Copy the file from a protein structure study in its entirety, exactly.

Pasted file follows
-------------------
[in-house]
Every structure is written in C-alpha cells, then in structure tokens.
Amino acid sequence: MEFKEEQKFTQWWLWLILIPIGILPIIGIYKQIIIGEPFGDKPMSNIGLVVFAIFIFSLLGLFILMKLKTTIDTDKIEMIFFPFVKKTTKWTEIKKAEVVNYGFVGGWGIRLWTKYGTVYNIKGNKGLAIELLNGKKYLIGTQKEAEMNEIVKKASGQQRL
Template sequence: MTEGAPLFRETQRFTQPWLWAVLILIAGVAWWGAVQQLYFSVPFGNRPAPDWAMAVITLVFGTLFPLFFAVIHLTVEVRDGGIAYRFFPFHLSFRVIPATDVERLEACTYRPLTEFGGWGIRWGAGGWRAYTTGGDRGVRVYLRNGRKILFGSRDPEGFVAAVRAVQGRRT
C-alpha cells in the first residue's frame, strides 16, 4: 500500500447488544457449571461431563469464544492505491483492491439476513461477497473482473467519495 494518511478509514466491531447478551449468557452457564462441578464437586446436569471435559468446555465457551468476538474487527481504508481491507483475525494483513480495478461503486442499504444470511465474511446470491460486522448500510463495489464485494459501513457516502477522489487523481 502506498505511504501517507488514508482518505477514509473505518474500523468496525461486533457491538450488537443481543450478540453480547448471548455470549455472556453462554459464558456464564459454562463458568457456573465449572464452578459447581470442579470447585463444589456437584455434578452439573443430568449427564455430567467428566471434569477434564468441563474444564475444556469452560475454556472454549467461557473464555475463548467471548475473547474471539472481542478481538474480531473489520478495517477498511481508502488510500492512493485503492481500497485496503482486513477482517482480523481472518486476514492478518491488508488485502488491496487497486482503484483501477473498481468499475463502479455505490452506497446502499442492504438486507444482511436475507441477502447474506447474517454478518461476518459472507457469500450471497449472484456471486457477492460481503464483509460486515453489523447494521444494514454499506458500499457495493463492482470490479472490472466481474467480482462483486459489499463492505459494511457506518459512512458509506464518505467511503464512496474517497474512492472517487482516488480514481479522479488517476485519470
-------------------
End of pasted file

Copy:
[in-house]
Every structure is written in C-alpha cells, then in structure tokens.
Amino acid sequence: MEFKEEQKFTQWWLWLILIPIGILPIIGIYKQIIIGEPFGDKPMSNIGLVVFAIFIFSLLGLFILMKLKTTIDTDKIEMIFFPFVKKTTKWTEIKKAEVVNYGFVGGWGIRLWTKYGTVYNIKGNKGLAIELLNGKKYLIGTQKEAEMNEIVKKASGQQRL
Template sequence: MTEGAPLFRETQRFTQPWLWAVLILIAGVAWWGAVQQLYFSVPFGNRPAPDWAMAVITLVFGTLFPLFFAVIHLTVEVRDGGIAYRFFPFHLSFRVIPATDVERLEACTYRPLTEFGGWGIRWGAGGWRAYTTGGDRGVRVYLRNGRKILFGSRDPEGFVAAVRAVQGRRT
C-alpha cells in the first residue's frame, strides 16, 4: 500500500447488544457449571461431563469464544492505491483492491439476513461477497473482473467519495 494518511478509514466491531447478551449468557452457564462441578464437586446436569471435559468446555465457551468476538474487527481504508481491507483475525494483513480495478461503486442499504444470511465474511446470491460486522448500510463495489464485494459501513457516502477522489487523481 502506498505511504501517507488514508482518505477514509473505518474500523468496525461486533457491538450488537443481543450478540453480547448471548455470549455472556453462554459464558456464564459454562463458568457456573465449572464452578459447581470442579470447585463444589456437584455434578452439573443430568449427564455430567467428566471434569477434564468441563474444564475444556469452560475454556472454549467461557473464555475463548467471548475473547474471539472481542478481538474480531473489520478495517477498511481508502488510500492512493485503492481500497485496503482486513477482517482480523481472518486476514492478518491488508488485502488491496487497486482503484483501477473498481468499475463502479455505490452506497446502499442492504438486507444482511436475507441477502447474506447474517454478518461476518459472507457469500450471497449472484456471486457477492460481503464483509460486515453489523447494521444494514454499506458500499457495493463492482470490479472490472466481474467480482462483486459489499463492505459494511457506518459512512458509506464518505467511503464512496474517497474512492472517487482516488480514481479522479488517476485519470